Miller: Not all 63's are created equal

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ERIN, Wis. – In a cruel twist, Johnny Miller was on-site at Erin Hills on Saturday afternoon as one of the most talked-about rounds in golf history was replaced in the record books.

Forty-four years to the day after Miller’s famed round at Oakmont, Justin Thomas sank an 8-foot eagle on the final hole to fire a 9-under 63 and post the lowest score in relation to par in U.S. Open history.

Miller’s 8-under 63 in the 1973 Open endures as one of the greatest feats in the sport, in large part because of the difficulty of the course (Oakmont), the magnitude of the moment (final round), the field average (only three other players broke 70) and the stars he overcame to win by one (Jack Nicklaus, Arnold Palmer, Lee Trevino, Tom Weiskopf).

And so forgive Johnny for not being ready to cede the spotlight just yet.

“Taking nothing away from 9 under par – 9 under is incredible with U.S. Open pressure,” Miller told GolfChannel.com by phone. “But it isn’t a U.S. Open course that I’m familiar with the way it was set up.”


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The U.S. Open has long been defined by its length and narrow fairways, by hack-out rough and concrete, lightning-fast greens. At more than 7,800 yards, first-time host Erin Hills might be the longest course in tournament history, but it also features 50-yard-wide fairways that have played even wider after two rainstorms earlier this week.

Watching the action Saturday – he was on hand for a sponsor outing – Miller said the U.S. Open, with the leader at 12 under and a record 42 players under par, was unrecognizable.

“It looks like a PGA Tour event course setup,” he said. “I’m not sure where the days of the 24- to 29-yard-wide fairways that we played every time went. It’s interesting to see where the USGA has gone with the U.S. Open, being a little more friendly than in years’ past.”

Whenever he’s been asked about Tiger Woods’ quest for 19 majors, Jack Nicklaus always said that no one wants to see their records broken. That’s human nature.

But Miller seemed unconcerned about his place in golf history, confident that his famed round at Oakmont would stand the test of time, even if his mark was eventually toppled.

“For one, the greatness of my round is the 63 in the last round of the U.S. Open to win by one,” he said. “Everything else is way secondary. If somebody does it tomorrow to win the U.S. Open by one, that’s the specialness of my round. And secondly, Erin Hills isn’t exactly Oakmont.”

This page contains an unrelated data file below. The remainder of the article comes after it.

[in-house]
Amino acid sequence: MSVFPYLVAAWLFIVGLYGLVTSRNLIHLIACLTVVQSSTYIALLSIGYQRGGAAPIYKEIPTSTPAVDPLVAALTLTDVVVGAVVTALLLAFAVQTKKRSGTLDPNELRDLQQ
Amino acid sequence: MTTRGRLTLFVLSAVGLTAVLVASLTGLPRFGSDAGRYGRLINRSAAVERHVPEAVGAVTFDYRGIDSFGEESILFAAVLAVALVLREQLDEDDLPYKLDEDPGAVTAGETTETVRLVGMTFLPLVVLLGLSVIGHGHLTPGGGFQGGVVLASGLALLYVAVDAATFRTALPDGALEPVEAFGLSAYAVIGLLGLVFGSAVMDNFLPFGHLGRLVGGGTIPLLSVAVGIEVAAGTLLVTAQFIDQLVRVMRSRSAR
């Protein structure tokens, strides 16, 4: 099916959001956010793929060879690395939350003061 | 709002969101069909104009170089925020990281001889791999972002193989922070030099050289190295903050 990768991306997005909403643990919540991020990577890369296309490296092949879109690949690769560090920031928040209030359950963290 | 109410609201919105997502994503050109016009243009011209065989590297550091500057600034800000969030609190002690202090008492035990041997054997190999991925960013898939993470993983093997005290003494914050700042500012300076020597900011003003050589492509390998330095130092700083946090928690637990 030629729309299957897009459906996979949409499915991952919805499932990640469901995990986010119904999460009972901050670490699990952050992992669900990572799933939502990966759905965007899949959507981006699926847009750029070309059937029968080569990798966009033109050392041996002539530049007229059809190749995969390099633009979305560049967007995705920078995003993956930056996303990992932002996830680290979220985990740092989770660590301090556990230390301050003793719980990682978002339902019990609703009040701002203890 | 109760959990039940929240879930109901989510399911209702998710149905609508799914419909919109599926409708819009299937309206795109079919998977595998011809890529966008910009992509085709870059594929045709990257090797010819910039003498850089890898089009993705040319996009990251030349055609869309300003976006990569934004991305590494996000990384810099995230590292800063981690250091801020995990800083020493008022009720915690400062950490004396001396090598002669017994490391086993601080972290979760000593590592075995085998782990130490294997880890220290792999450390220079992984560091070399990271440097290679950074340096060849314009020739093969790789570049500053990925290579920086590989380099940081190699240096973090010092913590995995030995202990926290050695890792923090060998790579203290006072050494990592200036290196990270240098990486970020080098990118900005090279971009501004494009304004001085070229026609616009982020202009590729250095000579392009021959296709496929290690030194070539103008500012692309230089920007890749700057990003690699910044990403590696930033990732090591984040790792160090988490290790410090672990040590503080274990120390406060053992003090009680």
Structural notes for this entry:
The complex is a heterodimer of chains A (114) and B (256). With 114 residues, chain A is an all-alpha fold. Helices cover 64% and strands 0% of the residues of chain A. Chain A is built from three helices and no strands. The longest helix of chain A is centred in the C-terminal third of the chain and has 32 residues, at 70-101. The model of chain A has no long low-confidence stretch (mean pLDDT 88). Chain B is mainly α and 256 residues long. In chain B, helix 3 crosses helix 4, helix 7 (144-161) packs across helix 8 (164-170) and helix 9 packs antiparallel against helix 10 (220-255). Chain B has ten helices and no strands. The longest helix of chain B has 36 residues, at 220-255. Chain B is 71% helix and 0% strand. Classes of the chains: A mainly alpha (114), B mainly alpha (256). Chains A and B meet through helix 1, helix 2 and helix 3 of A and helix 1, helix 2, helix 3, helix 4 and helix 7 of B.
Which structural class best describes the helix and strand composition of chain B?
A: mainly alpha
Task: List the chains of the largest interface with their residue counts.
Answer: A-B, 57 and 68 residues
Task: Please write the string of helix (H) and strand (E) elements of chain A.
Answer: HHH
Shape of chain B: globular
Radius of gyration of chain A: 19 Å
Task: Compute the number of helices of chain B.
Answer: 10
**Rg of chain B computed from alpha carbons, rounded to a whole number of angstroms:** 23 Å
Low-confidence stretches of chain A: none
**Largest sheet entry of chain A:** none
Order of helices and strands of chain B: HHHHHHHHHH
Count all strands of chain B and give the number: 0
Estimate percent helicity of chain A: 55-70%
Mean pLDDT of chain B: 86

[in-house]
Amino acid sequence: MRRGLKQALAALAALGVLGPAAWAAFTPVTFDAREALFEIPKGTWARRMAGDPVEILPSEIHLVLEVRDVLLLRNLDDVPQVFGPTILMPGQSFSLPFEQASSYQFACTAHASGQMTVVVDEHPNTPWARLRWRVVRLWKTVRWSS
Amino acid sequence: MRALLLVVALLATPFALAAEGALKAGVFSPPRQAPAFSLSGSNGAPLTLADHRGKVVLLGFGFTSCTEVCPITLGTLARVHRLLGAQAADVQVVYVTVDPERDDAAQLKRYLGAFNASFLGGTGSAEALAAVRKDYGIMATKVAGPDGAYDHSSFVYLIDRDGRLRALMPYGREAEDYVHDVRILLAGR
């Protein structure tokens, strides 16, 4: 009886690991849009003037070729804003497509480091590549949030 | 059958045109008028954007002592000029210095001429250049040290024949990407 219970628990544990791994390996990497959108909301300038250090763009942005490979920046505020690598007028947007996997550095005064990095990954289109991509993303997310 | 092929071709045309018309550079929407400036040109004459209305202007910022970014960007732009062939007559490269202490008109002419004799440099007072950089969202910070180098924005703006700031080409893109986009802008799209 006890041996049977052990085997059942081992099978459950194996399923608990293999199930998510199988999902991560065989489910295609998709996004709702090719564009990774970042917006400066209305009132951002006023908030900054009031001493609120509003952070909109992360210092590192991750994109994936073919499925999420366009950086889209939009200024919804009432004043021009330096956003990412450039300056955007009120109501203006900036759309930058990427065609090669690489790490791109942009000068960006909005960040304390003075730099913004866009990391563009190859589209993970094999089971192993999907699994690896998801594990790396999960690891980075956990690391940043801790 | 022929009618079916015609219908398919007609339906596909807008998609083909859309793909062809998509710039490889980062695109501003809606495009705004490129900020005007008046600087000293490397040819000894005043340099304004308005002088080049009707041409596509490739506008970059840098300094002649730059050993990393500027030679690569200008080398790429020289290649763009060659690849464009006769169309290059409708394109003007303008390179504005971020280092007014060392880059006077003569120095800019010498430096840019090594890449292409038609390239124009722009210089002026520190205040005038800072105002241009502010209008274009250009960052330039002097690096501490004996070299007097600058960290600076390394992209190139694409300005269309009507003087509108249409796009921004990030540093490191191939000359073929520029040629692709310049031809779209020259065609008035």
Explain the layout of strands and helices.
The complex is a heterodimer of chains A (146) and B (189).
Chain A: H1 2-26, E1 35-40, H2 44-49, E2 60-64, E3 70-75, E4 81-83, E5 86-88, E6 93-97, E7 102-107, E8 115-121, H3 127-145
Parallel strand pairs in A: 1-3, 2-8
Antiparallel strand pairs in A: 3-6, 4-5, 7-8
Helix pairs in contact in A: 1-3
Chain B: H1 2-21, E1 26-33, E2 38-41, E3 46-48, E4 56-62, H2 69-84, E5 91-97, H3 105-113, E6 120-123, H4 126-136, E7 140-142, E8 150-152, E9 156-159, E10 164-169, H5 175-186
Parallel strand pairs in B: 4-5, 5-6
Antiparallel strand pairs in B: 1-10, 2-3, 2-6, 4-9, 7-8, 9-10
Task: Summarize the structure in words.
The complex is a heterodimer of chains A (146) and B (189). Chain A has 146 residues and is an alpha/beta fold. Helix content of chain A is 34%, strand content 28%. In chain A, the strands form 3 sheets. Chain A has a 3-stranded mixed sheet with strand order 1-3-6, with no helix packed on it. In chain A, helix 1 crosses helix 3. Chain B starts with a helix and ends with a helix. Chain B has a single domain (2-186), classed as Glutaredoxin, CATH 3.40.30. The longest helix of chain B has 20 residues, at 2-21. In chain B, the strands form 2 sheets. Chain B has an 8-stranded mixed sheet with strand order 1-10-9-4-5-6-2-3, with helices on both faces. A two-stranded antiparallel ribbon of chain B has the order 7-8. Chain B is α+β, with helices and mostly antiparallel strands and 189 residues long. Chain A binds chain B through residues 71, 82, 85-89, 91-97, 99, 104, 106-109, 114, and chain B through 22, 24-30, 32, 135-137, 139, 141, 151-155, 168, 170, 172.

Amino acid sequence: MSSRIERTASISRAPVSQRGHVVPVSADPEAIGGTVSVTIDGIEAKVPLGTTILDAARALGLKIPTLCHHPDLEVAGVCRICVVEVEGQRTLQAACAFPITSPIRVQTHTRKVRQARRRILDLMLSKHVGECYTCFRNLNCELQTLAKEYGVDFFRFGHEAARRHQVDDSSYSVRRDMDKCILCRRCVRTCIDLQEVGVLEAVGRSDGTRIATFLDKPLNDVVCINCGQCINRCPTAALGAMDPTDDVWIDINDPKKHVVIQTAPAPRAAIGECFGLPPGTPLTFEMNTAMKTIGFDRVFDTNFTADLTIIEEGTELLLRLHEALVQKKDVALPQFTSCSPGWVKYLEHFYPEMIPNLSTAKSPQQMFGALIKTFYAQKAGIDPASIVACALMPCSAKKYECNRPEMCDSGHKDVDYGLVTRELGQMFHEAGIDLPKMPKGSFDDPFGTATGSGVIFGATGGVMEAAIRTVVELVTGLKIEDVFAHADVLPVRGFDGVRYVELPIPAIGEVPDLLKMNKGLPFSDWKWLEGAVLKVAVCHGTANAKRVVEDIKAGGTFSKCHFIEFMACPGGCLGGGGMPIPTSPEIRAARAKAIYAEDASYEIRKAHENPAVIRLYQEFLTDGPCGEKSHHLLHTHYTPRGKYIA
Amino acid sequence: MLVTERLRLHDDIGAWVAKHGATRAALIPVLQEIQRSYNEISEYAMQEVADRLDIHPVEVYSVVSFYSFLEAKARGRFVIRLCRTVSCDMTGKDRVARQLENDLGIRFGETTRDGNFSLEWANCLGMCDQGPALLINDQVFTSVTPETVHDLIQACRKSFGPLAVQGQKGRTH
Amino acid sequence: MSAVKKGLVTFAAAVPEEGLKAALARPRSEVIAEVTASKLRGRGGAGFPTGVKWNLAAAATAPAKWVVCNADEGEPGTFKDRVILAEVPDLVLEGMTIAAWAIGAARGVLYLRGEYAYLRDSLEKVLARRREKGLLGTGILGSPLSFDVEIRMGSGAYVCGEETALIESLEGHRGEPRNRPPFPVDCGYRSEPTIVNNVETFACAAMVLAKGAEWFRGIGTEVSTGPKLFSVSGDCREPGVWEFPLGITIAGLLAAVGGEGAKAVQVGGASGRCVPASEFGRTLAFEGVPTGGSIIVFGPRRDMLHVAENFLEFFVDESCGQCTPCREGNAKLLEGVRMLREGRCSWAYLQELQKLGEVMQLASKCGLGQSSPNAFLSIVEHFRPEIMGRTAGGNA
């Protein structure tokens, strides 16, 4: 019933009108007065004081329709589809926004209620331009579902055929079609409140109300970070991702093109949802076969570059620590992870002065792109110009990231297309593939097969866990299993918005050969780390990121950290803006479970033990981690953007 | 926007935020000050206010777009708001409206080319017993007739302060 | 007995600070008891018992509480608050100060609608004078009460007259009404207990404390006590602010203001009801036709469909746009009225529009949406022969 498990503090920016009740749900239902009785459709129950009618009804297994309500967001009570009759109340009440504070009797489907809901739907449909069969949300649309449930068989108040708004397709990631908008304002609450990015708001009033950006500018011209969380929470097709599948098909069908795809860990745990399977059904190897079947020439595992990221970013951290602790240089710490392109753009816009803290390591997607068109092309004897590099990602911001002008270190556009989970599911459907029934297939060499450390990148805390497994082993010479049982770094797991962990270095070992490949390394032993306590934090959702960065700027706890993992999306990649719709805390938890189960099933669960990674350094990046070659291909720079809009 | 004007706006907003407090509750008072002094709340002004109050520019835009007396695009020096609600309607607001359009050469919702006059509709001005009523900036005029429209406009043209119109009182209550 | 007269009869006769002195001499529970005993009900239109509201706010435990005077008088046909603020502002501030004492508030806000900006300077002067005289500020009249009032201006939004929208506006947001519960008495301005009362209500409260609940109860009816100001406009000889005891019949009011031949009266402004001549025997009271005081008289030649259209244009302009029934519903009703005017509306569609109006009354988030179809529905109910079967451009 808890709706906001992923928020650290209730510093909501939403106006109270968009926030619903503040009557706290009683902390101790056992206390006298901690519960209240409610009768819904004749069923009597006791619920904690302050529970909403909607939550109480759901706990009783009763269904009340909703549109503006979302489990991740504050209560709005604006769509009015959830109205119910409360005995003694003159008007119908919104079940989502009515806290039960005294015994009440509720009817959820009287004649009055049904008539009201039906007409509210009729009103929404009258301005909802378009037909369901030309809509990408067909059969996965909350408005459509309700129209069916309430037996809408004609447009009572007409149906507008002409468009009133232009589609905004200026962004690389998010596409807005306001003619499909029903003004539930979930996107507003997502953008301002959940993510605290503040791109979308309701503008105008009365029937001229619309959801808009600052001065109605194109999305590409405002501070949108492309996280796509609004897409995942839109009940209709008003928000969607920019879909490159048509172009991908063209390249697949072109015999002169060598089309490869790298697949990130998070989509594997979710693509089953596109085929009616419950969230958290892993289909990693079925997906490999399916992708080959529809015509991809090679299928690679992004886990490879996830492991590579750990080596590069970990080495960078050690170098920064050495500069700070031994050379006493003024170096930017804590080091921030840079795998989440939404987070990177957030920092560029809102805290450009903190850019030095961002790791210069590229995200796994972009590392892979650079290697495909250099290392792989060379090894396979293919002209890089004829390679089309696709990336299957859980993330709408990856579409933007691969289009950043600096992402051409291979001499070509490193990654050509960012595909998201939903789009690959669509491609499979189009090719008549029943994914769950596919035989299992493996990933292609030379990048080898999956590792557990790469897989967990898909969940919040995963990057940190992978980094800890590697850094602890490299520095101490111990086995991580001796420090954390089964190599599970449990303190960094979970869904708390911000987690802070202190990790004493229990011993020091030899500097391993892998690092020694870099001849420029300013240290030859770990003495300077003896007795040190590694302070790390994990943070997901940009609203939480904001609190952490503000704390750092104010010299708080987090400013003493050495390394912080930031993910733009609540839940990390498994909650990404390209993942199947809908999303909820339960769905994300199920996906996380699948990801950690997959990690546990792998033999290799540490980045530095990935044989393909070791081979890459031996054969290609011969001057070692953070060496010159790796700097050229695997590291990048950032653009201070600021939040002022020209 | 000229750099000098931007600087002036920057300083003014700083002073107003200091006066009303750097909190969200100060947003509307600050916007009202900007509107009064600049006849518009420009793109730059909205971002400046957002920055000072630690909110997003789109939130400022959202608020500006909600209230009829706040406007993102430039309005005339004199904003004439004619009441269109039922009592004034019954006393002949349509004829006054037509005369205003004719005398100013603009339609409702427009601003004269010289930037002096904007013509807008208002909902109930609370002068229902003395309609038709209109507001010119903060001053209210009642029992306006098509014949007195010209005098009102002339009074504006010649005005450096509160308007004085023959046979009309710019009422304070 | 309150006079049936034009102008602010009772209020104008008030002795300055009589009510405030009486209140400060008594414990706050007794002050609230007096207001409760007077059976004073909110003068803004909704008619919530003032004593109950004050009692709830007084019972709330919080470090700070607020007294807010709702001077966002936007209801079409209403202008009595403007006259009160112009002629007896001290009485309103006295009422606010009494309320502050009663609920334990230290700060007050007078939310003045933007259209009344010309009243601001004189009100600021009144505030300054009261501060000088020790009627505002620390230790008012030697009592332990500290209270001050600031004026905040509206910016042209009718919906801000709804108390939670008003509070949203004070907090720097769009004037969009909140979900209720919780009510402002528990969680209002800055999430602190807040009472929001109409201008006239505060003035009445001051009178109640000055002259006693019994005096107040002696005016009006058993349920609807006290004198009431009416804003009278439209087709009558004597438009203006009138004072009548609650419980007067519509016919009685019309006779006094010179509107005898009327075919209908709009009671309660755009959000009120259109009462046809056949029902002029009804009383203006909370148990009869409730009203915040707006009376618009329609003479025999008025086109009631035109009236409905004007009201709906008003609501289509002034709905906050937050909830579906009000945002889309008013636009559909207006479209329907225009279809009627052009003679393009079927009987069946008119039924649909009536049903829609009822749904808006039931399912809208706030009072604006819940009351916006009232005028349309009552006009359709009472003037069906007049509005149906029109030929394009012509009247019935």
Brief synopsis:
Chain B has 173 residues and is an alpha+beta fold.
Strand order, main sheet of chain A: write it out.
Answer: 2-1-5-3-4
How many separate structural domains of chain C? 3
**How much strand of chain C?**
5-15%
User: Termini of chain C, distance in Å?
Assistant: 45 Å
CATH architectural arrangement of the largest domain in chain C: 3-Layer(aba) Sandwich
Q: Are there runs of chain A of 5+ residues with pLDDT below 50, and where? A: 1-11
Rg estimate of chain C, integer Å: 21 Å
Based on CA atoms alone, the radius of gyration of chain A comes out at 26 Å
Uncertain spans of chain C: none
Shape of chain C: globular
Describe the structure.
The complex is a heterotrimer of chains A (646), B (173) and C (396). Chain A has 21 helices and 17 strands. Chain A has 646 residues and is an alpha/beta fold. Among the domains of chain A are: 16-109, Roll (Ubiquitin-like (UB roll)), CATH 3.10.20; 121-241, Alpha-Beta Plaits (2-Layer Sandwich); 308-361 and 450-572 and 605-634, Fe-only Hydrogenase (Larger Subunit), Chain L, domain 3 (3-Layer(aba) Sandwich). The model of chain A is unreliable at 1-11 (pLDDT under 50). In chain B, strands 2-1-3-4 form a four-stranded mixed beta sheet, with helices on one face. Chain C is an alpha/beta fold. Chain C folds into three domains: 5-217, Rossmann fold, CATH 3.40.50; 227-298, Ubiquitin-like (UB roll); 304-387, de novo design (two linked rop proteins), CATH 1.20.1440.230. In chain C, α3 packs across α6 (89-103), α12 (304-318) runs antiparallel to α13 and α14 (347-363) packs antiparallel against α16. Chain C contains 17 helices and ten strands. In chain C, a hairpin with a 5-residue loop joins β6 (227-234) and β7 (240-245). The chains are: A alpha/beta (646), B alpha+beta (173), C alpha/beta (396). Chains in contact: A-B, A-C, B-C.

Miller called the conditions here the “perfect storm for a good score.” The sprawling, linksy design was the first par-72 Open course since 1992. The widest fairways in tournament history gave big hitters the freedom to bash away with driver. And the rain-softened greens allowed players to go pin-seeking with their iron shots and, in Thomas’ case, even with 3-woods.

“The course wasn’t designed to be soft, and if it was going to be soft, it should have been 26- or 27-yard-wide fairways,” Miller said. “That’s what made it easy. The guys weren’t afraid to bomb it.

“It was never that way in the U.S. Open. It was always about really tight fairways and having to be a great driver. This went totally against the tradition of the U.S. Open.”

Even Thomas, who is at 11-under 205, one shot back, conceded that the usual uncomfortableness of the U.S. Open has been lacking this week.

“It’s what the USGA and U.S. Open is known for is making you hate yourself and hate golf and just really struggle out there,” he said. “But it’s different being like this. Just being in a U.S. Open and seeing and hearing so many birdies. Usually those roars are for pars, but it’s fun.”

Thomas, of course, was focused less on Miller and more on trying to shoot 62, the barrier that still has never been broken in major championship golf. After going out in 31 – highlighted by his mini-golf, 90-degree birdie on No. 5 – Thomas set his sights on history when he blasted a 3-wood to 6 feet on the drivable 15th. He missed the short eagle putt, but he tacked on a 25-footer for birdie on 17.

Needing an eagle on the last to knock Miller off his perch, Thomas had 299 yards to the flag. He smoked a high cut that landed on the front edge and rolled out to 8 feet.

“I knew he could get it there,” said Jonathan Randolph, who was paired with Thomas on Saturday. “But I didn’t know he could hit it that high and that soft.”

Thomas raised his putter and walked in the eagle putt to break the record.

“A 63 for a par 72 is a heck of a score,” Miller said, “even if it was the Milwaukee Open.”

In the media tent afterward, Thomas was asked what he would say to Miller the next time he saw him.

“I don’t know, but I’ll be pretty happy,” Thomas said. “I wish he was calling it just to hear what he would have said.”

Considering Johnny’s candor, perhaps it was best he was not.